Chapter05

# Chapter05 - 5.1 Model We can assume that the ring is a...

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5.1. Model: We can assume that the ring is a single massless particle in static equilibrium. Visualize: Solve: Written in component form, Newton’s first law is F F T T T x x x x x net N ( ) = = + + = Σ 1 2 3 0 F F T T T y y y y y net N ( ) = = + + = Σ 1 2 3 0 Evaluating the components of the force vectors from the free-body diagram: T T x 1 1 = − T 2 x = 0 N T T x 3 3 30 = ° cos T 1 y = 0 N T T y 2 2 = T T y 3 3 30 = − ° sin Using Newton’s first law: + ° = T T 1 3 30 0 cos N T T 2 3 30 0 ° = sin N Rearranging: T T 1 3 30 0 8666 = ° = ( )( ) = cos . 100 N 86.7 N T T 2 3 30 0 5 = ° = ( ) ( ) = sin . 100 N 50.0 N Assess: Since r T 3 acts closer to the x -axis than to the y -axis, it makes sense that T T 1 2 > .

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5.2. Model: We can assume that the ring is a particle. Visualize: This is a static equilibrium problem. We will ignore the weight of the ring, because it is “very light,” so the only three forces are the tension forces shown in the free-body diagram. Note that the diagram defines the angle θ . Solve: Because the ring is in equilibrium it must obey r F net N = 0 . This is a vector equation, so it has both x - and y -components: F T T x net N ( ) = = 3 2 0 cos θ = T T 3 2 cos θ F T T T T y net N ( ) = = = 1 3 3 1 0 sin sin θ θ We have two equations in the two unknowns T 3 and θ . Divide the y -equation by the x -equation: T T T T 3 3 1 2 1 1 60 1 60 58 0 sin cos tan . tan . . θ θ θ θ = = = = = ( ) = ° 80 N 50 N Now we can use the x -equation to find T T 3 2 = = ° = cos θ 50 N cos58.0 94.3 N The tension in the third rope is 94.3 N directed 58.0 ° below the horizontal.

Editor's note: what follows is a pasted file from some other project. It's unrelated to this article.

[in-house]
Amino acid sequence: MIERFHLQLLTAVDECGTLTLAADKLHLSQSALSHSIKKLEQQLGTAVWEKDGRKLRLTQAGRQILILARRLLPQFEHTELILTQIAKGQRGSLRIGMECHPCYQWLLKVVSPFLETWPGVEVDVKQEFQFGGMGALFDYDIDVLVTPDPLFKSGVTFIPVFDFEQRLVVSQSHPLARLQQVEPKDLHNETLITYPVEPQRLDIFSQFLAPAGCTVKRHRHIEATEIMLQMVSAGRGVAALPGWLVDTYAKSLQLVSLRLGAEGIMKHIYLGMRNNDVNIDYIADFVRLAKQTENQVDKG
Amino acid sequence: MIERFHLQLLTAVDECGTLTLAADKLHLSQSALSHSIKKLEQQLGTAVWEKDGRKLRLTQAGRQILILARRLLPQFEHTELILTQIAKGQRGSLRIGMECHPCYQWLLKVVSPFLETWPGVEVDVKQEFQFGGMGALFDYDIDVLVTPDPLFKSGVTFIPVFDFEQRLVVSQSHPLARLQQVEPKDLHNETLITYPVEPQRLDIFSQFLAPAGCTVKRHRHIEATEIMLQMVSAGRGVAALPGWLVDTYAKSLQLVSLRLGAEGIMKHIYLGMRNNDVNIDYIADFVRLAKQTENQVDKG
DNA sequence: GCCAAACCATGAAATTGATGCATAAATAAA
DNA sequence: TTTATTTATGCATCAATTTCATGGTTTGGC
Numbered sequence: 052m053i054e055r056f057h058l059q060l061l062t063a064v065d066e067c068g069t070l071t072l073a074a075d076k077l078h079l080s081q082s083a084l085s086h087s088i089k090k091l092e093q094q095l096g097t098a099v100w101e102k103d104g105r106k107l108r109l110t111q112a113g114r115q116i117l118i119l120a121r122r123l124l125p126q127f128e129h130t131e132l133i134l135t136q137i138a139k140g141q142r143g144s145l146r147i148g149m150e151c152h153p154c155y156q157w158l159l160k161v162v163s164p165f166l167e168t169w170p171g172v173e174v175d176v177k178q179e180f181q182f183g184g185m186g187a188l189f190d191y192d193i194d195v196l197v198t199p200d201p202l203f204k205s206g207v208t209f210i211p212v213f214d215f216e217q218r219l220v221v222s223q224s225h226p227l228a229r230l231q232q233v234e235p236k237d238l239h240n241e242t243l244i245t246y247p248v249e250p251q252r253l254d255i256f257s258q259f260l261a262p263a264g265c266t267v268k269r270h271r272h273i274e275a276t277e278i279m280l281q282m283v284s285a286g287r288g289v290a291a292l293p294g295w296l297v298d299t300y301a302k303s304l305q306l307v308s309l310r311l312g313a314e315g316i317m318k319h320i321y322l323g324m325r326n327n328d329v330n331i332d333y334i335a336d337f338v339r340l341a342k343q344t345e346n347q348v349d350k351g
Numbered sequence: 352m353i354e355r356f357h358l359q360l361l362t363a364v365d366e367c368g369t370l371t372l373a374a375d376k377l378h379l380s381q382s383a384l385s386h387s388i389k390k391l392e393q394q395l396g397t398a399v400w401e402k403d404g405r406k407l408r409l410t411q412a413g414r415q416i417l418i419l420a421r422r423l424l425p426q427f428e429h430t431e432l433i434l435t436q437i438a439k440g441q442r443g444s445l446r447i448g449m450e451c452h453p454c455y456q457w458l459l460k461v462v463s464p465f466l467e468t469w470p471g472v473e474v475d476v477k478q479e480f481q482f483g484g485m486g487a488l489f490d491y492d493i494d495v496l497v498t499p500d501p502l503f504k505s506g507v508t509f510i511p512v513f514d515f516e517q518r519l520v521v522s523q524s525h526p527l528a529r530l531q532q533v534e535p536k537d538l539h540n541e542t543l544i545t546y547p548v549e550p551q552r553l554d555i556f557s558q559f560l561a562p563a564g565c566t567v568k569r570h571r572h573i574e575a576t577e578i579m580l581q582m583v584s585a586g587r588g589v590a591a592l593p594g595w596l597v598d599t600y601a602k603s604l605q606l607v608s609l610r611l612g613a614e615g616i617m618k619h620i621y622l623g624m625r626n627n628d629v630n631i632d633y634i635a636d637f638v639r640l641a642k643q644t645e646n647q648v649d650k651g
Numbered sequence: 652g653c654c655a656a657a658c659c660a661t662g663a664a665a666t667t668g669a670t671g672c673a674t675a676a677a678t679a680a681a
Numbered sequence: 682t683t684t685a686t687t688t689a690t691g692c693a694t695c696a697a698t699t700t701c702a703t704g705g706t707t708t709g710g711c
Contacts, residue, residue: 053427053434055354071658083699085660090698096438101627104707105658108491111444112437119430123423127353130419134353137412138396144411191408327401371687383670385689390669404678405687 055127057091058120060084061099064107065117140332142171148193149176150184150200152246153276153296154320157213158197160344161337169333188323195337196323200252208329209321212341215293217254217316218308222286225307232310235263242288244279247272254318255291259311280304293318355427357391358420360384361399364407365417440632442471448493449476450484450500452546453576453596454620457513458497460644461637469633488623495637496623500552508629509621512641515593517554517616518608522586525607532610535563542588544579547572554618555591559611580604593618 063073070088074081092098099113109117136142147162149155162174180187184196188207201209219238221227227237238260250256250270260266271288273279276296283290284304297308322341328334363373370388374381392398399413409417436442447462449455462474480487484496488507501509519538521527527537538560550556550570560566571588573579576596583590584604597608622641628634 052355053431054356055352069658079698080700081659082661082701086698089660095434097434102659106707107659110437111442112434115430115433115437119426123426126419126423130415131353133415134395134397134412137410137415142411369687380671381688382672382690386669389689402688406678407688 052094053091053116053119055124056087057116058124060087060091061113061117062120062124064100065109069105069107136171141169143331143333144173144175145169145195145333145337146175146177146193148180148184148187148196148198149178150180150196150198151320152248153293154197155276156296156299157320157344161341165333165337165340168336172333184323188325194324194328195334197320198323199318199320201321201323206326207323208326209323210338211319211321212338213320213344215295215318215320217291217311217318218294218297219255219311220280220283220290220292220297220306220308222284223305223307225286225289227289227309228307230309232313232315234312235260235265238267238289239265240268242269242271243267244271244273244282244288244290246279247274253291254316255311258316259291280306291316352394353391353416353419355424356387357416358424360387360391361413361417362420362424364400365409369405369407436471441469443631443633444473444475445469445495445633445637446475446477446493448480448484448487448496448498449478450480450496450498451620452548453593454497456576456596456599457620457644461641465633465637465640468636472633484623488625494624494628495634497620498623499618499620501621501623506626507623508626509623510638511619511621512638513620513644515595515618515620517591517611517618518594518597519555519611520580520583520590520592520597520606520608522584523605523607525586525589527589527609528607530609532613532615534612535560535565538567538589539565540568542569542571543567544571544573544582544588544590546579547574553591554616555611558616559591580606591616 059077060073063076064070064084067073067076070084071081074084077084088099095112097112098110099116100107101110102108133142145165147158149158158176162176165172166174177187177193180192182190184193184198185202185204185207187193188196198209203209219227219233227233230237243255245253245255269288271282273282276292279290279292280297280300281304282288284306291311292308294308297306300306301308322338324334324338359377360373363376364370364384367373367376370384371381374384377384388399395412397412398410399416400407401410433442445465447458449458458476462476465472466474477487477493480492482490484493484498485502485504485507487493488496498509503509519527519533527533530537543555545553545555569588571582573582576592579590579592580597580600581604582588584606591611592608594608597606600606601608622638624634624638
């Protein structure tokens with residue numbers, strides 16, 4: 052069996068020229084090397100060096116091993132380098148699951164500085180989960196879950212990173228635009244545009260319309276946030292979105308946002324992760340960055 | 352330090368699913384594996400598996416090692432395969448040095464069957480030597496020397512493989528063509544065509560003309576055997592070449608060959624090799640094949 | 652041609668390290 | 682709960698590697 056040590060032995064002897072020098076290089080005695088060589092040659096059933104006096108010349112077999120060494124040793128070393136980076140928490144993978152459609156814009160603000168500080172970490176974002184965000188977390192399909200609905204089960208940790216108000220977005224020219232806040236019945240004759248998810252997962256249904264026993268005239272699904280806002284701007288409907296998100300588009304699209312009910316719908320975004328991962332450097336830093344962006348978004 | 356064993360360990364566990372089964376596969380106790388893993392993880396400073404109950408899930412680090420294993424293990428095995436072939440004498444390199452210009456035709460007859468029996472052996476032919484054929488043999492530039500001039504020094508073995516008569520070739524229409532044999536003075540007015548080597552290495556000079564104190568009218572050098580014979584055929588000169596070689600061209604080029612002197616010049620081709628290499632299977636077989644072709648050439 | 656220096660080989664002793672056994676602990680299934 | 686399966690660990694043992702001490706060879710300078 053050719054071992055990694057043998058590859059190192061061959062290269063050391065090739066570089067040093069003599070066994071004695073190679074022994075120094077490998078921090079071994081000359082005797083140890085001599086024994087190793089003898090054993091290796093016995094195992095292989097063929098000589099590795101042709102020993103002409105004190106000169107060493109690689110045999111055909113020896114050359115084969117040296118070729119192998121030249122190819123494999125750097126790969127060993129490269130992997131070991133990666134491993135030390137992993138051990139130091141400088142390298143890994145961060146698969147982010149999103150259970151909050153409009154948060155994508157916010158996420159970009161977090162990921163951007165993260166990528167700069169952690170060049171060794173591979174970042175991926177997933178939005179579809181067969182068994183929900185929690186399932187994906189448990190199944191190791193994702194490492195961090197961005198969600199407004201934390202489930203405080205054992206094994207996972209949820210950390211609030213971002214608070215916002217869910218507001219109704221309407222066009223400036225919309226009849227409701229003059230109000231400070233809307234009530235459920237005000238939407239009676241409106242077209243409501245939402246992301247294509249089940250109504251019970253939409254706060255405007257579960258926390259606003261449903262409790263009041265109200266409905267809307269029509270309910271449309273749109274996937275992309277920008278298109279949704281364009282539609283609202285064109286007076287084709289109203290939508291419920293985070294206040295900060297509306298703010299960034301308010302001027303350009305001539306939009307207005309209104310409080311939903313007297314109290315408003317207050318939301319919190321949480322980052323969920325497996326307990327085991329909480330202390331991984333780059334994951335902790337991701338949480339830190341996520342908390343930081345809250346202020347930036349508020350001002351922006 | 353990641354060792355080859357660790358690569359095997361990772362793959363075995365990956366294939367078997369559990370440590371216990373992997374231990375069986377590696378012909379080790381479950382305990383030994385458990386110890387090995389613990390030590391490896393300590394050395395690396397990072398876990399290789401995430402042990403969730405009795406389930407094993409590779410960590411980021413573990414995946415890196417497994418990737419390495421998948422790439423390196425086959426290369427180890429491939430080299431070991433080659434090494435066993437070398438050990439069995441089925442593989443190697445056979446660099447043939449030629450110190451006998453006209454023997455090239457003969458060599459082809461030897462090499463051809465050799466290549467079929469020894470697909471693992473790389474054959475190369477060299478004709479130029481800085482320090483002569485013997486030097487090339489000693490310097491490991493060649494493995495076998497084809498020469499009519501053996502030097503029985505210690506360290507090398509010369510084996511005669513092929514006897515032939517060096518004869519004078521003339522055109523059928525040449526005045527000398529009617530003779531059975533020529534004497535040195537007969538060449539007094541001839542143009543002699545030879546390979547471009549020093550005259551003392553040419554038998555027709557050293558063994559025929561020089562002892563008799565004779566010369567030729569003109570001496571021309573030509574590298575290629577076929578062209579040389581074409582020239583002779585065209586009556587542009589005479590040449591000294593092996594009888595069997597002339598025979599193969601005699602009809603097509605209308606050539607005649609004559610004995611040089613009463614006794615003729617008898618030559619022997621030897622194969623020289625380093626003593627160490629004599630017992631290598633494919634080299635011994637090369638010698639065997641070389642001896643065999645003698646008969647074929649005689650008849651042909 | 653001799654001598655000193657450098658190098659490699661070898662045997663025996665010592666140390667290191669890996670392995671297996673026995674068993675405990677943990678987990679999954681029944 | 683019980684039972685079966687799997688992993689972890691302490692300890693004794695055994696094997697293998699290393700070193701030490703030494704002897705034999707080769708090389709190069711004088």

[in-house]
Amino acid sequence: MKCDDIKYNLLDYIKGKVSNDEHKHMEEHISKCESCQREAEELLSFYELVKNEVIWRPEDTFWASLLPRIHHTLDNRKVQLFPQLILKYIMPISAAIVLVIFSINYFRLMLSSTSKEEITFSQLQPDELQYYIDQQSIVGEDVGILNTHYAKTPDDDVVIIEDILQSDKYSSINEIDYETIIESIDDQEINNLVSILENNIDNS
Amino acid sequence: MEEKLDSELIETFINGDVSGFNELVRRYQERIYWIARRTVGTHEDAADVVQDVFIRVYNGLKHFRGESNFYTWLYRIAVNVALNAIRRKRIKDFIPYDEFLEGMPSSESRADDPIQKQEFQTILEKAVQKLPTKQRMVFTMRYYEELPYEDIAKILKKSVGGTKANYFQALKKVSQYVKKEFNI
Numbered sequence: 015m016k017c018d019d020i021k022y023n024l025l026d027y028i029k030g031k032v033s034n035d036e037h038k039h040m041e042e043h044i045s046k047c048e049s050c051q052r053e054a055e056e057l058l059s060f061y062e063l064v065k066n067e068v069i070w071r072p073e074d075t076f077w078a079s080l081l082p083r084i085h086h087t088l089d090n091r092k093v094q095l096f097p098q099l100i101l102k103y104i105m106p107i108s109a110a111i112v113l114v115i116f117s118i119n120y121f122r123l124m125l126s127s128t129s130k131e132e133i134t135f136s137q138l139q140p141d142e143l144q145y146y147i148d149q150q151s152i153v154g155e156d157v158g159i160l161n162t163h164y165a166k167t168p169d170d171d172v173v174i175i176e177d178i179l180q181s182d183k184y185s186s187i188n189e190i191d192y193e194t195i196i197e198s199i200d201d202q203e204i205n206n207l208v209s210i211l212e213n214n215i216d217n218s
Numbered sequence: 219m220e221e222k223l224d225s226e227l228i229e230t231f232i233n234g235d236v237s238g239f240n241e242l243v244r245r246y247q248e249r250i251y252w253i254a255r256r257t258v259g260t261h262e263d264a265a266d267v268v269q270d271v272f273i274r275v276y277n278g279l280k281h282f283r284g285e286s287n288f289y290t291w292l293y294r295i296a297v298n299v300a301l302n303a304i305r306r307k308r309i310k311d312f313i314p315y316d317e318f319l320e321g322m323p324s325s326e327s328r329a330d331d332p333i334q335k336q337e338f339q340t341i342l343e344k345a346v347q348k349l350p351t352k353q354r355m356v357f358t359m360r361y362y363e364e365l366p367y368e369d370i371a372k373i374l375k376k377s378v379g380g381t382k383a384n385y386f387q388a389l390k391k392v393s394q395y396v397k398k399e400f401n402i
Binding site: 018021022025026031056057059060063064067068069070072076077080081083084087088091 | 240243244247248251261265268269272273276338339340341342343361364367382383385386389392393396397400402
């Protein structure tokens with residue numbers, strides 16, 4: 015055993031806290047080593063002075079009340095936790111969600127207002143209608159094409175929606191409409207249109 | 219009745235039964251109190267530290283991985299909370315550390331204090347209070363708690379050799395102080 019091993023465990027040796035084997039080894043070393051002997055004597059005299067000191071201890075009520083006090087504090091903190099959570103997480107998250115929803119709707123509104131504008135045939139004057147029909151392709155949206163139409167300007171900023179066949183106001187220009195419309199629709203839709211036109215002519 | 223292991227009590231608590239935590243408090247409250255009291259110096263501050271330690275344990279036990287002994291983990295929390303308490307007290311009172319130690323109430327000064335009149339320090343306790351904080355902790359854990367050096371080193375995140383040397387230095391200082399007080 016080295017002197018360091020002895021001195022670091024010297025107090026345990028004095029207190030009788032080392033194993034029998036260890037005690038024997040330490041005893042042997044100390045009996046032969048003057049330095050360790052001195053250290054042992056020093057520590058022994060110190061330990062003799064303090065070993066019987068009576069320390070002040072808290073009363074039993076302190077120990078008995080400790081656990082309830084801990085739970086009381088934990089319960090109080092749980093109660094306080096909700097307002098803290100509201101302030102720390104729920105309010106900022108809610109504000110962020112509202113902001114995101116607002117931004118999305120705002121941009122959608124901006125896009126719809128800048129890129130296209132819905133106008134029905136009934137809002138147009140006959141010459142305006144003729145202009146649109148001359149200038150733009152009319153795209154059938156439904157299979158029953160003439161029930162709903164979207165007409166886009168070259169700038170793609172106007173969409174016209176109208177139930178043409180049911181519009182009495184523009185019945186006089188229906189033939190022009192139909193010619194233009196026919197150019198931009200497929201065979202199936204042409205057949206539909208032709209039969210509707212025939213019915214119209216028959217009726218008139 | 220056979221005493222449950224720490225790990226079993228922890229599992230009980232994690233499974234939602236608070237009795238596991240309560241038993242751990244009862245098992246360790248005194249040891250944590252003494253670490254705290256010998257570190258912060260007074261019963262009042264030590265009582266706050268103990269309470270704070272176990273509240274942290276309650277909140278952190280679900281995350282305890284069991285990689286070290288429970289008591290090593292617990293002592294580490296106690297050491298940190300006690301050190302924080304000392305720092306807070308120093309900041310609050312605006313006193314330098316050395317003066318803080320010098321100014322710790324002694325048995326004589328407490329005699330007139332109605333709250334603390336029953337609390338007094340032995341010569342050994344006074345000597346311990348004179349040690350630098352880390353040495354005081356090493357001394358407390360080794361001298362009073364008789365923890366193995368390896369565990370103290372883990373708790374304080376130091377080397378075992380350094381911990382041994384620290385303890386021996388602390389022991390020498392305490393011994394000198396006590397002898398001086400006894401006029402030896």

5.3. Model: We assume the speaker is a particle in static equilibrium under the influence of three forces: gravity and the tensions in the two cables. Visualize: Solve: From the lengths of the cables and the distance below the ceiling we can calculate θ as follows: sin . sin . . θ θ = = = = ° 2 m 3 m 0 677 0 667 41 8 1 Newton’s first law for this situation is F F T T T T x x x x net N N ( ) = = + = ⇒ − + = Σ 1 2 1 2 0 0 cos cos θ θ F F T T w T T w y y y y y net N N ( ) = = + + = + = Σ 1 2 1 2 0 0 sin sin θ θ The x -component equation means T T 1 2 = . From the y- component equation: 2 1 T w sin θ = = = = ( ) ( ) ° = = T w mg 1 2 2 2 41 8 sin sin sin . θ θ 20 kg 9.8 m/s 196 N 1.333 147 N 2 Assess: It’s to be expected that the two tensions are equal, since the speaker is suspended symmetrically from the two cables. That the two tensions add to considerably more than the weight of the speaker reflects the relatively large angle of suspension.

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5.4. Model: We can assume that the coach and his sled are a particle being towed at a constant velocity by the two ropes, with friction providing the force that resists the pullers. Visualize: Solve: Since the sled is not accelerating, it is in dynamic equilibrium and Newton’s first law applies: F F T T f x x x x x net k N ( ) = = + + = Σ 1 2 0 F F T T f y y y y y net k N ( ) = = + + = Σ 1 2 0 From the free-body diagram: T T f 1 2 1 2 1 2 0 cos cos θ θ + = k N T T 1 2 1 2 1 2 0 0 sin sin θ θ + = N N From the second of these equations T T 1 2 = . Then from the first: 2 10 1 T cos ° = 1000 N = ° = = T 1 2 10 1000 N 1000 N 1.970 508 N cos Assess: The two tensions are equal, as expected, since the two players are pulling at the same angle. The two add
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• Fall '08
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